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Years ago, I wrote a lyrical poem and submitted it to an American Song Festival contest. Happily, I came in second place (Folk Category) and won seventy-five bucks. Hey, back then seventy-five bucks was, well, seventy-five bucks. The way I did it was probably a little unconventional – I thought of a song written by Arlo Guthrie and hummed it while making up my own words. (The contest was just for lyrics, so the only thing submitted were the words . . . in case you were thinking, "Hey, that Stan is a plagiarizing creep.") Though unconventional, my lyrics contained a rhythmic beat and carried an emotional message. If you are a lyrical poet, you will definitely want to keep an eye on the rhythmic flow of your words. Generally, though, rhyming poems or lyrical creations have a natural flow to them, unless of course you are like Steve Martin's character in the classic movie, The Jerk. His character, Navin, had not an ounce of rhythm, not even in his little toe.
In much of today's music, rhyming is not a necessity, but flow and rhythm are. For example, below are the first four lines of a song by one of my favourite groups, Coldplay. The song is titled Yellow, and is an example of a song with lyrics that do not necessarily rhyme. Still, the flow is marvellous:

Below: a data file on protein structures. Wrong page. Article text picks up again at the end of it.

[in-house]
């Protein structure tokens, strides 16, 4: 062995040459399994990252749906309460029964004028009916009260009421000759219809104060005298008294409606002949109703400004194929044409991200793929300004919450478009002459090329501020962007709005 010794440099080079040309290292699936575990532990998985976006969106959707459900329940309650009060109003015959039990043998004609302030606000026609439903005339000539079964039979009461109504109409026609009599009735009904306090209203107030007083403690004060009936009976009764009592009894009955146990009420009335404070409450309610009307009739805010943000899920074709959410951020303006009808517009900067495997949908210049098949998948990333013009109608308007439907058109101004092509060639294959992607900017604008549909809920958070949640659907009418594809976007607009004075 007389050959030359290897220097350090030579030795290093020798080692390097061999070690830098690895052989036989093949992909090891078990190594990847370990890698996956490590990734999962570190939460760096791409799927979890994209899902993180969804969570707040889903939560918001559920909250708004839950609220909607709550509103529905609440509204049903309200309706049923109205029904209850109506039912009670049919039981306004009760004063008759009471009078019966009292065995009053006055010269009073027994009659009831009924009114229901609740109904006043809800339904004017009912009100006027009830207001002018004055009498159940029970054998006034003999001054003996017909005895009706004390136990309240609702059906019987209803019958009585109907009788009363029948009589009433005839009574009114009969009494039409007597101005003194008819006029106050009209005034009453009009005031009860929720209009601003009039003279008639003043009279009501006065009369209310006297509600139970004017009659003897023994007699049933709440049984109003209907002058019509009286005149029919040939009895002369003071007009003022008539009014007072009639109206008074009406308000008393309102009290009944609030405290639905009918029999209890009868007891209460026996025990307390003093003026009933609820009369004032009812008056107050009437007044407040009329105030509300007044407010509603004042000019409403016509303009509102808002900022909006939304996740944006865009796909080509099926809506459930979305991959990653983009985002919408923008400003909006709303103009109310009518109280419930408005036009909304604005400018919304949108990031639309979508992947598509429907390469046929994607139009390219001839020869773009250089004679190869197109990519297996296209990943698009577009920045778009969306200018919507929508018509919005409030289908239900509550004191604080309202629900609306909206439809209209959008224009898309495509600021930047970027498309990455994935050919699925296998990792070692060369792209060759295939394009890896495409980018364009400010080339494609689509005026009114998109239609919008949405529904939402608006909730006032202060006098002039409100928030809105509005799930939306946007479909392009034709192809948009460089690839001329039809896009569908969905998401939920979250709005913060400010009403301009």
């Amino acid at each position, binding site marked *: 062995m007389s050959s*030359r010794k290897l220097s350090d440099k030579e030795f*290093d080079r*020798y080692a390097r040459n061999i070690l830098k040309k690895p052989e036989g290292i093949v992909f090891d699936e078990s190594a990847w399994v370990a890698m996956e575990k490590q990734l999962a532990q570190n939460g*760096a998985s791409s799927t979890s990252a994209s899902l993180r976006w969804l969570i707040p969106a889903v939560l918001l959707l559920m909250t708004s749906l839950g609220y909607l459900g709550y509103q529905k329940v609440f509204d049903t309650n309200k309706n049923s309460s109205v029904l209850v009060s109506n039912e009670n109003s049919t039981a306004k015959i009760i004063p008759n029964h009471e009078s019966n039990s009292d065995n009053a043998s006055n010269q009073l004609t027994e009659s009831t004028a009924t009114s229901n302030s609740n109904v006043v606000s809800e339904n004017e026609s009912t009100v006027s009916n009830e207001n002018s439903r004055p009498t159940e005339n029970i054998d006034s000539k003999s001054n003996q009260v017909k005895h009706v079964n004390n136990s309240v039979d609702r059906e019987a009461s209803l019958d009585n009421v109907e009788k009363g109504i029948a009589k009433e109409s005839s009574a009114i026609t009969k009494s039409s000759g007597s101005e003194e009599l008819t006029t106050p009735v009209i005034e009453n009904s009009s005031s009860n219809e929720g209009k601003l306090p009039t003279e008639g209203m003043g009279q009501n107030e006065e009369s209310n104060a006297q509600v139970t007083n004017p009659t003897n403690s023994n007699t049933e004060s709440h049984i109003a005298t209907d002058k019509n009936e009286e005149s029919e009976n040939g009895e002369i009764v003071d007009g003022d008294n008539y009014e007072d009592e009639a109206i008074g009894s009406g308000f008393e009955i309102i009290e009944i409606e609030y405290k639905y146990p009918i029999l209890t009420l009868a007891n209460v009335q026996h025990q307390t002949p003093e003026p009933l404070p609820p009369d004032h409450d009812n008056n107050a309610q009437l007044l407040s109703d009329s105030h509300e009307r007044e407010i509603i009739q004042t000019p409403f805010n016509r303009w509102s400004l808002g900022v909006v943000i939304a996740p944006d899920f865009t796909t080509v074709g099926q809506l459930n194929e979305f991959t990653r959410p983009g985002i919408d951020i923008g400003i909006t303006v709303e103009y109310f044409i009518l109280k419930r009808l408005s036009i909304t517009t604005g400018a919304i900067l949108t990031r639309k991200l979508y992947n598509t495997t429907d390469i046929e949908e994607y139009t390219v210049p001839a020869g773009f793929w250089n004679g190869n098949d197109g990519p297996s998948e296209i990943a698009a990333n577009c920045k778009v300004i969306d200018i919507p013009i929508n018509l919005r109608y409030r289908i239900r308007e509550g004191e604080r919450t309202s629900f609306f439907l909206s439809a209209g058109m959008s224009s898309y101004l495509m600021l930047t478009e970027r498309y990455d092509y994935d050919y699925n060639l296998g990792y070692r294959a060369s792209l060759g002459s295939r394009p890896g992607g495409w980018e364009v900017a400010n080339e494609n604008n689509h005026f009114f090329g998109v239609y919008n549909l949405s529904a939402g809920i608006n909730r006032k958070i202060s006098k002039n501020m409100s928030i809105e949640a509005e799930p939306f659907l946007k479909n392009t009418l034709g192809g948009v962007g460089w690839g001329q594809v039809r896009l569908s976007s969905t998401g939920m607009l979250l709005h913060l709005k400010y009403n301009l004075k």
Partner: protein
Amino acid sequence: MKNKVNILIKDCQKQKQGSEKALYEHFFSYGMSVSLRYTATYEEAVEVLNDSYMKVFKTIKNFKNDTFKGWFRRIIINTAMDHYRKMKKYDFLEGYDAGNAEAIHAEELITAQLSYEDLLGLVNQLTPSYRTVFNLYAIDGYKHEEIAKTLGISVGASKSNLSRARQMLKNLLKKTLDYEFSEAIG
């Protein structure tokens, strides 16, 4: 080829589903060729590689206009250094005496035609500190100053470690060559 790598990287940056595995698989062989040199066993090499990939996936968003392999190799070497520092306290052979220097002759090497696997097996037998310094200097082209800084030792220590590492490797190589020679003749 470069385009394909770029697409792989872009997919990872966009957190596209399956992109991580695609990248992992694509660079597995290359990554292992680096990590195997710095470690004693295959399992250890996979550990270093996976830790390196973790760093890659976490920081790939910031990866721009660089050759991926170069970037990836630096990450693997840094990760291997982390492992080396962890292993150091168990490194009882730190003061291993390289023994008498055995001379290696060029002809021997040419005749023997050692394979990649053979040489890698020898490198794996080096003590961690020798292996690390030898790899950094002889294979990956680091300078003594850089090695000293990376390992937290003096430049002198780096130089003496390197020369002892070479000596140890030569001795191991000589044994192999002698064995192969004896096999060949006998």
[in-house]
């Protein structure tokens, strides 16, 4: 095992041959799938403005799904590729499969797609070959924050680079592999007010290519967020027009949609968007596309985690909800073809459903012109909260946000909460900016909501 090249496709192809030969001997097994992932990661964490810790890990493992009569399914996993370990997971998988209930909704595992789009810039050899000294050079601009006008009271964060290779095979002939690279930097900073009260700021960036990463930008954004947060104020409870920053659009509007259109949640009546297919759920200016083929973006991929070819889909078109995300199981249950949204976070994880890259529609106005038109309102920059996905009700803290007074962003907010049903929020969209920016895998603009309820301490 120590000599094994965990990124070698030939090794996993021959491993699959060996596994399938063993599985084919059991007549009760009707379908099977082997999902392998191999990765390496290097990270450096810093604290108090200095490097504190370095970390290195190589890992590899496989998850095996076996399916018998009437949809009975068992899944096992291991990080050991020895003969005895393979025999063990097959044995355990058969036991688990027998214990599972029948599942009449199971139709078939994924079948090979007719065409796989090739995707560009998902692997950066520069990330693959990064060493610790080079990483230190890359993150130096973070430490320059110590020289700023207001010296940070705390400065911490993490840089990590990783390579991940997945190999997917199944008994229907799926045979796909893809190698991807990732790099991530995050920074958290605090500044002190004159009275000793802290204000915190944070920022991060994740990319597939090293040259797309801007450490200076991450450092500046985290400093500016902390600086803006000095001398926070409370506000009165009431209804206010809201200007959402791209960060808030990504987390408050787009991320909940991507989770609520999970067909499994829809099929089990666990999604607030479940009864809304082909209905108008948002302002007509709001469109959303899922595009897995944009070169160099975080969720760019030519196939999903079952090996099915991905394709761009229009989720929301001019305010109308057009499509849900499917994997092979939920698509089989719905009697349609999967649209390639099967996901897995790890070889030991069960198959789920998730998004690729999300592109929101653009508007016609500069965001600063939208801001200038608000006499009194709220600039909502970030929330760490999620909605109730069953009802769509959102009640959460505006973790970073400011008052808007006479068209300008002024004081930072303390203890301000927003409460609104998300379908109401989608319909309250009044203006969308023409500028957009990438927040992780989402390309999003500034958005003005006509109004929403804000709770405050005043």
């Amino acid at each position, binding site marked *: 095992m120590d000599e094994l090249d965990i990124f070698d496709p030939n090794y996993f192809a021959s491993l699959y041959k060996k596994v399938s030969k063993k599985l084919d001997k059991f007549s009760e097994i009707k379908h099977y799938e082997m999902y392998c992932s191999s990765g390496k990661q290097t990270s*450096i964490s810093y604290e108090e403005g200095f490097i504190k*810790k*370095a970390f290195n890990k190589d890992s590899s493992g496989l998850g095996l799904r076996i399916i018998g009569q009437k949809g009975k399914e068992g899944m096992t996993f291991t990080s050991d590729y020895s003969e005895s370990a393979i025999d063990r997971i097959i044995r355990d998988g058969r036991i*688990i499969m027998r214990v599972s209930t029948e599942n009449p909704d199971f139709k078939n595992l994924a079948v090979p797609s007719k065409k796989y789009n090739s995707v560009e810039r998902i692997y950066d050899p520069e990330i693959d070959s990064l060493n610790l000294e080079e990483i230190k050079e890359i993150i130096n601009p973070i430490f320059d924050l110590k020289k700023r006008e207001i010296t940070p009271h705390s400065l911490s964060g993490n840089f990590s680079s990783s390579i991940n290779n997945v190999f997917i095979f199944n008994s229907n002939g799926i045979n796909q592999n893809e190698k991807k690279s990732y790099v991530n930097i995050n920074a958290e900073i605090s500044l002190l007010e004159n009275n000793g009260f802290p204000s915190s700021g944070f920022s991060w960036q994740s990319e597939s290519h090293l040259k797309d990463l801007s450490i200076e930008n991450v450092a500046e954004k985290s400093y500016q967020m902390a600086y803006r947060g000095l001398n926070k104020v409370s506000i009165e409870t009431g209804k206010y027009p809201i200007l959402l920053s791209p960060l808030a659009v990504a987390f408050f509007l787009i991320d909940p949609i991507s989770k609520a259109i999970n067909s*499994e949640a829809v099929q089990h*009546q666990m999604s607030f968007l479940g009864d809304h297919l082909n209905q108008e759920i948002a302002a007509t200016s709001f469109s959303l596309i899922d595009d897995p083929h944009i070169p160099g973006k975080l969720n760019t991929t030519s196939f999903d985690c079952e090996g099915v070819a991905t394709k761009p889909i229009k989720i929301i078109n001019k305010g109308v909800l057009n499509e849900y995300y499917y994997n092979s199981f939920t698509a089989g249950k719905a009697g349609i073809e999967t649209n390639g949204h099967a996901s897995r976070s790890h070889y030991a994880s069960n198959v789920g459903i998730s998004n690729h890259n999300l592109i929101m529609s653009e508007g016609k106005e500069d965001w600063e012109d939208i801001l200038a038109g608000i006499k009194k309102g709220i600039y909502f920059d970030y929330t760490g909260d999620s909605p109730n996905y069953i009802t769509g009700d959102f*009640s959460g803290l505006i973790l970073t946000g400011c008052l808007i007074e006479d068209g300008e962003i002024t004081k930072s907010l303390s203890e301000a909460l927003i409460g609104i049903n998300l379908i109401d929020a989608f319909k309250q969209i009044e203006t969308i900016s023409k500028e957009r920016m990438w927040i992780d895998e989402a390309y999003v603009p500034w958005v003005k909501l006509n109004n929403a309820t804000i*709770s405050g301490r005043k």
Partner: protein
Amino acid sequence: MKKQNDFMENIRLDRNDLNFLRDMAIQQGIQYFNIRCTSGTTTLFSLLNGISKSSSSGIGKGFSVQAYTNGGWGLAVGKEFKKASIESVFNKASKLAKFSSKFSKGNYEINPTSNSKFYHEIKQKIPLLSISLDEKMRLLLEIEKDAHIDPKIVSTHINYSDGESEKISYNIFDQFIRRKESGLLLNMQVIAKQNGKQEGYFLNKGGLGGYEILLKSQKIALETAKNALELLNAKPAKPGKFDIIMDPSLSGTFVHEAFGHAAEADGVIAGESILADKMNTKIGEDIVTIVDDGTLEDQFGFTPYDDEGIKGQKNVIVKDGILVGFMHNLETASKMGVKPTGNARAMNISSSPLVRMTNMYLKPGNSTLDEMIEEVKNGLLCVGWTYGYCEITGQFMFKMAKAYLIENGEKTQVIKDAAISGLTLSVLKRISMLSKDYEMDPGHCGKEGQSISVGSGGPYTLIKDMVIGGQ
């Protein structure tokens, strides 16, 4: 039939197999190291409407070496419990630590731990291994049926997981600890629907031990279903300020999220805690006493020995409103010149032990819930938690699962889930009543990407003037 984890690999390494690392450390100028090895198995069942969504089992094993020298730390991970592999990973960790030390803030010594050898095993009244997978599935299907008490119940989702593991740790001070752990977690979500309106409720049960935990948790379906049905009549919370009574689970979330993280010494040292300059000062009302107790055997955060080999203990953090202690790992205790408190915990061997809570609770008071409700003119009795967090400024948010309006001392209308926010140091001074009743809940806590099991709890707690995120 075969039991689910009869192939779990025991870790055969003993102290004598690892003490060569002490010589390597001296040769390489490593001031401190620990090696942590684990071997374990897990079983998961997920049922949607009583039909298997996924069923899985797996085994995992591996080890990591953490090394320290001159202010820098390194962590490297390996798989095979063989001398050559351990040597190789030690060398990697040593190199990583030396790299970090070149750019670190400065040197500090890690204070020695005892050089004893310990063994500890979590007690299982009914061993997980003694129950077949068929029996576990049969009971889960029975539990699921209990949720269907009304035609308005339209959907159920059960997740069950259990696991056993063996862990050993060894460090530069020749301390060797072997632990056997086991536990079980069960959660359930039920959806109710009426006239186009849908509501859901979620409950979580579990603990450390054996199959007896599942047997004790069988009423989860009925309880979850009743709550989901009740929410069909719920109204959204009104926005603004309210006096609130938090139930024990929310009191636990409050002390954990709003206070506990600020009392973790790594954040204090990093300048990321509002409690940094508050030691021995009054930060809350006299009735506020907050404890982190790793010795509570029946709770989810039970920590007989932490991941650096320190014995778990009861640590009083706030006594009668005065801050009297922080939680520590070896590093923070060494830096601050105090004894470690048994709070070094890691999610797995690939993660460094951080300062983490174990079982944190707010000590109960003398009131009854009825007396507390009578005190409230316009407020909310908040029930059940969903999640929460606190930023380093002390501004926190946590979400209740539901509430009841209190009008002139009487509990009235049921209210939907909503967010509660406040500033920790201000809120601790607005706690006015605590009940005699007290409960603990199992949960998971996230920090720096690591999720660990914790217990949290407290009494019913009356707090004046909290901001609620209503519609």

"Look at the stars
Obviously the word yellow does not fit into the rhyming scheme, but if you have heard the song you will notice that just after the last syllable in yellow, the rhyme is created musically; a guitar chord provides a sort of "do" sound, which rhymes with the line before, a genius bit of creativity.
There is no question you must write with your heart, but you also must remember form, rhythm, and rhyme. In other words, keep your head about you. Don't be afraid to try some new ways to say, I love you, I hate you, or this government sucks.
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